Rep. Devin Nunes announced late Wednesday that his panel, the House Intelligence Committee, appears to have reached an agreement with the Justice Department to gain access to "all" documents and witnesses it sought by a deadline at the end of the day.
“After speaking to Deputy Attorney General Rosenstein this evening, I believe the House Intelligence Committee has reached an agreement with the Department of Justice that will provide the committee with access to all the documents and witnesses we have requested," Nunes, R-Calif., said in a brief statement. "The committee looks forward to receiving access to the documents over the coming days."
The announcement came hours after FBI Director Christopher Wray and Deputy Attorney General Rod Rosenstein met with House Speaker Paul Ryan, R-Wis., on Capitol Hill.
Though a spokesperson for Ryan would not reveal the subject of the meeting, it came as Republican lawmakers demanded that the federal agencies turn over documents to the House Intelligence panel about the Trump-Russia collusion probe.
The Justice Department declined to comment when asked by Business Insider about Nunes' statement.
Nunes last week condemned the DOJ and the FBI for their "failure to fully produce" documents related to the infamous Trump dossier in response to subpoenas sent earlier in 2017.
“Unfortunately, DOJ/FBI's intransigence with respect to the Aug. 24 subpoenas is part of a broader pattern of behavior that can no longer be tolerated,” Nunes wrote in a scathing letter to Rosenstein.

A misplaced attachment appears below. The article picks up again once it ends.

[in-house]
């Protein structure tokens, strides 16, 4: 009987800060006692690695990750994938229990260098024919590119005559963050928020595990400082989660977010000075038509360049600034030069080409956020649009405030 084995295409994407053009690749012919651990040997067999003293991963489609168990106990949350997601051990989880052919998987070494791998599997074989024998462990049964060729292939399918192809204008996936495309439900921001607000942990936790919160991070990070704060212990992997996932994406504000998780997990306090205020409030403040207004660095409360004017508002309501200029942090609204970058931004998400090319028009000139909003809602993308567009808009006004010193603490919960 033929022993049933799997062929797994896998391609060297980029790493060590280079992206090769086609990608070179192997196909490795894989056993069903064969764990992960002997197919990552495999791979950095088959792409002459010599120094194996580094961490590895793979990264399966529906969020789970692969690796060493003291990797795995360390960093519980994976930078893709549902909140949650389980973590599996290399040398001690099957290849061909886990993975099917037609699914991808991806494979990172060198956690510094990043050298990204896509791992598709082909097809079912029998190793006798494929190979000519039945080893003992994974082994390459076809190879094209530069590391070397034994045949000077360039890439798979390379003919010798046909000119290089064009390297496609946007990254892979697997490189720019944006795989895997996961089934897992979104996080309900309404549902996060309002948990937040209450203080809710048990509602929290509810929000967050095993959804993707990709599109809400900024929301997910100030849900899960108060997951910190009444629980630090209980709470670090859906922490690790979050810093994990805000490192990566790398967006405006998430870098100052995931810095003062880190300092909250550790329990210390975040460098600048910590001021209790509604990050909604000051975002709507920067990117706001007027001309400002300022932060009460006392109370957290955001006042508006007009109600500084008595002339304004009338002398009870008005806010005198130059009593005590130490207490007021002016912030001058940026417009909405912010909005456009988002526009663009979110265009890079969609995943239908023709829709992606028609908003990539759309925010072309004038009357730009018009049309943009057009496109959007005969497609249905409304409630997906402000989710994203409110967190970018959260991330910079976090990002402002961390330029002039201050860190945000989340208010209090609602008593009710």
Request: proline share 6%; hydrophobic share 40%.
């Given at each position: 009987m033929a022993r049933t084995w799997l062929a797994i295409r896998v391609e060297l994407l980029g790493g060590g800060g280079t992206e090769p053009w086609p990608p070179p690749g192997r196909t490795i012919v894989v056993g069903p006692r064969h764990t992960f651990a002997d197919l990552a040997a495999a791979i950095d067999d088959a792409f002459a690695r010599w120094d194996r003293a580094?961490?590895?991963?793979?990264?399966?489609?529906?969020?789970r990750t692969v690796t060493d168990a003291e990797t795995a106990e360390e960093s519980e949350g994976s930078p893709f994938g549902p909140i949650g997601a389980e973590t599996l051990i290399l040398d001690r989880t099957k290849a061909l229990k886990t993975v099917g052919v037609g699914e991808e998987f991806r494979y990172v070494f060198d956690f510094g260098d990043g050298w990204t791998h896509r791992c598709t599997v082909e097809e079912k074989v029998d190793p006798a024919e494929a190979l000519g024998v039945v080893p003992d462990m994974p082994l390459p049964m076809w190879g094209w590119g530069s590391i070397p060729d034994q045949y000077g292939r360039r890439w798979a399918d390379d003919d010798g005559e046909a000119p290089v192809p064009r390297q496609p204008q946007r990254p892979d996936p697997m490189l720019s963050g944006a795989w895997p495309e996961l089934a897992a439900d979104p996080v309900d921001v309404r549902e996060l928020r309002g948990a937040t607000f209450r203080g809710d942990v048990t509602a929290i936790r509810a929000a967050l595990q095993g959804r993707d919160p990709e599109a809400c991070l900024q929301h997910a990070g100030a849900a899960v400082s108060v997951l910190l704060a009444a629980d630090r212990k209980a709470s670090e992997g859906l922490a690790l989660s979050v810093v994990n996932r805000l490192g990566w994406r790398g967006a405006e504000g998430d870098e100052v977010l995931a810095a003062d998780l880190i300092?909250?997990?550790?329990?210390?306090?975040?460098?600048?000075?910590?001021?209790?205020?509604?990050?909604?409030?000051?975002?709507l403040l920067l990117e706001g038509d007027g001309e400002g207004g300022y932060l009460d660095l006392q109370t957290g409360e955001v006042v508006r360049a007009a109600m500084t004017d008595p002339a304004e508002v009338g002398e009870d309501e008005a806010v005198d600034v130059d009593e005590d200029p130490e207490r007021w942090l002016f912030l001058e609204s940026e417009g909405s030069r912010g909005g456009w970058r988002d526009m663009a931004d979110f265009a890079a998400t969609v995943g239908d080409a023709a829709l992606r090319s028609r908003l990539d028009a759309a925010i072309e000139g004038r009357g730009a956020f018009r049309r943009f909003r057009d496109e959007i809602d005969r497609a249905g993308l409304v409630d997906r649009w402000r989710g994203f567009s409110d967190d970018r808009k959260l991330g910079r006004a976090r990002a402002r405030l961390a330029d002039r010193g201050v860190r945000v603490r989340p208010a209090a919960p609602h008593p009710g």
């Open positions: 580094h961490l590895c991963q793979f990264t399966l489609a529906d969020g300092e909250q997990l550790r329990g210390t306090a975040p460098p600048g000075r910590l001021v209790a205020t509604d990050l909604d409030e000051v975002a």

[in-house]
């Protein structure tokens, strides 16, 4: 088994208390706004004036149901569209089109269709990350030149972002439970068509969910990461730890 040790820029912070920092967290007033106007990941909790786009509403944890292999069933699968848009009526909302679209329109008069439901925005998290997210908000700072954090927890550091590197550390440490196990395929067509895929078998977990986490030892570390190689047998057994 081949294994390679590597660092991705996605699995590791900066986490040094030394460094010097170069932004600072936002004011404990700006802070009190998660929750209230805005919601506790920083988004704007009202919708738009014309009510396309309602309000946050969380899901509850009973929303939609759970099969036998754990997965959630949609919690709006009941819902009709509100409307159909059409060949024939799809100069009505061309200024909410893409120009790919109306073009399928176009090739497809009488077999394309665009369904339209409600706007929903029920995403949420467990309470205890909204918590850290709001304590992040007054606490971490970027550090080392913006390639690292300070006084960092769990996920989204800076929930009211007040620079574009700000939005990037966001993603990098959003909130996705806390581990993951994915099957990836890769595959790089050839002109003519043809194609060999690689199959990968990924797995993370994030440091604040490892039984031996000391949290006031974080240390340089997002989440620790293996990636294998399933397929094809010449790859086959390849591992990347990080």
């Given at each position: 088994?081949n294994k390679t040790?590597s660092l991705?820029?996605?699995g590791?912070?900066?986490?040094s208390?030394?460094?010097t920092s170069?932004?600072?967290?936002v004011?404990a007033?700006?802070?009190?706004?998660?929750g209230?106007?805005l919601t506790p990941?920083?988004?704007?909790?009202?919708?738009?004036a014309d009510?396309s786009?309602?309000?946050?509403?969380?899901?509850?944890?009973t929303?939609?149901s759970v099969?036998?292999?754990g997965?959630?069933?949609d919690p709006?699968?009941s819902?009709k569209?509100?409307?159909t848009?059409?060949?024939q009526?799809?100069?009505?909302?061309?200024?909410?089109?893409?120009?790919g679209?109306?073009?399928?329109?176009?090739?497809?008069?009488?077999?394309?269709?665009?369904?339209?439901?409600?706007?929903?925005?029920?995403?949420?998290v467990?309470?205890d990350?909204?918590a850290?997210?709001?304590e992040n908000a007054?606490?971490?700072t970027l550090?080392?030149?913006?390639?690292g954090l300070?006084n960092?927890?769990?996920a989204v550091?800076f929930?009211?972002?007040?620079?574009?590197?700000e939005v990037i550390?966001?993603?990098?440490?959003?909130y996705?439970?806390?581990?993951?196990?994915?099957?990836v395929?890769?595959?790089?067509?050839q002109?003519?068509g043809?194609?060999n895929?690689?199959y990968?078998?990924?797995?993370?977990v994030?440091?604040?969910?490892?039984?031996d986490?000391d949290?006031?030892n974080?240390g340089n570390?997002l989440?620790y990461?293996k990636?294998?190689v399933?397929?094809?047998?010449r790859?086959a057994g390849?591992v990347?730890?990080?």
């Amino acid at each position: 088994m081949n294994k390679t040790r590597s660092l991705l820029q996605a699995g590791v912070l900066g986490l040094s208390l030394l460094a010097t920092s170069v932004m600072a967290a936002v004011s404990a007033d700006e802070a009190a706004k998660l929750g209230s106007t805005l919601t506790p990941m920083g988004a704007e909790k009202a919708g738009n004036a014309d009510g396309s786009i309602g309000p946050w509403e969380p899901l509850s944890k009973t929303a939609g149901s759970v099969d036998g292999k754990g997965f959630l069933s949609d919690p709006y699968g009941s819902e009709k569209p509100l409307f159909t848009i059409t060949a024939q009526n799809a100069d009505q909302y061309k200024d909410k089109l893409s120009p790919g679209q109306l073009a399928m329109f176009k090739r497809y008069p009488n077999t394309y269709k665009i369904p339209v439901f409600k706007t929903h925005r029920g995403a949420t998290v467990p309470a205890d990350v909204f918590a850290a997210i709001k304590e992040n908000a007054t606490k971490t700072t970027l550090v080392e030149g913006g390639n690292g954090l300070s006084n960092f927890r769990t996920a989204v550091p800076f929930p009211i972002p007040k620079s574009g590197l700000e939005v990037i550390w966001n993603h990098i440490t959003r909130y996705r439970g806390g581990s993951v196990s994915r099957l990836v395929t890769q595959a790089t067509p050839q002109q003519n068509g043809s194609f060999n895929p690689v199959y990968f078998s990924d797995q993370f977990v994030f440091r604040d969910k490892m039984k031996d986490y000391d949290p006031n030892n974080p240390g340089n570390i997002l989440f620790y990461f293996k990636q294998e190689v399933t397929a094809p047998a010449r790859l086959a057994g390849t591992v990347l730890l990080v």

“As a result of the numerous delays and discrepancies that have hampered the process of subpoena compliance, the committee no longer credits the representations made by DOJ and/or the FBI regarding these matters,” Nunes added.
Nunes demanded records and available dates for witnesses to testify be given to Congress by Jan. 3., threatening to introduce a contempt of Congress resolution if his request had not been met.
The dossier was put together by former British spy Christopher Steele. It was commissioned by Fusion GPS, an opposition research firm whose efforts were funded in part by Hillary Clinton's campaign.
The dossier contains a number of salacious and unverified claims about President Trump's ties to Russia.
Republicans have expressed concern that the dossier led to the FBI probe into Russian interference in the 2016 election and possible collusion between the Trump campaign and the Kremlin.
Nunes has accused the FBI and DOJ of a “months-long pattern … of stonewalling and obstructing this committee's oversight work.”
Those accusations boiled over last month after stories were leaked to the New York Times and Washington Post that FBI agent Peter Strzok, a key investigator in the Trump-Russian probe, was removed from the Russia probe after exchanging text messages critical of Trump with another FBI agent with whom he was involved with romantically.
Republicans had been seeking information about why he was removed but were never told anything by FBI or Justice Department directly.
Beyond Strzok, the House Intelligence Committee has also sought testimony from other DOJ and FBI officials, including FBI Attorney James Baker and Bruce Ohr, a senior DOJ official demoted earlier in December for not disclosing meetings with Fusion GPS representatives and who is married to a former employee of the firm behind the dossier.
Naomi Lim and Susan Ferrechio contributed to this report.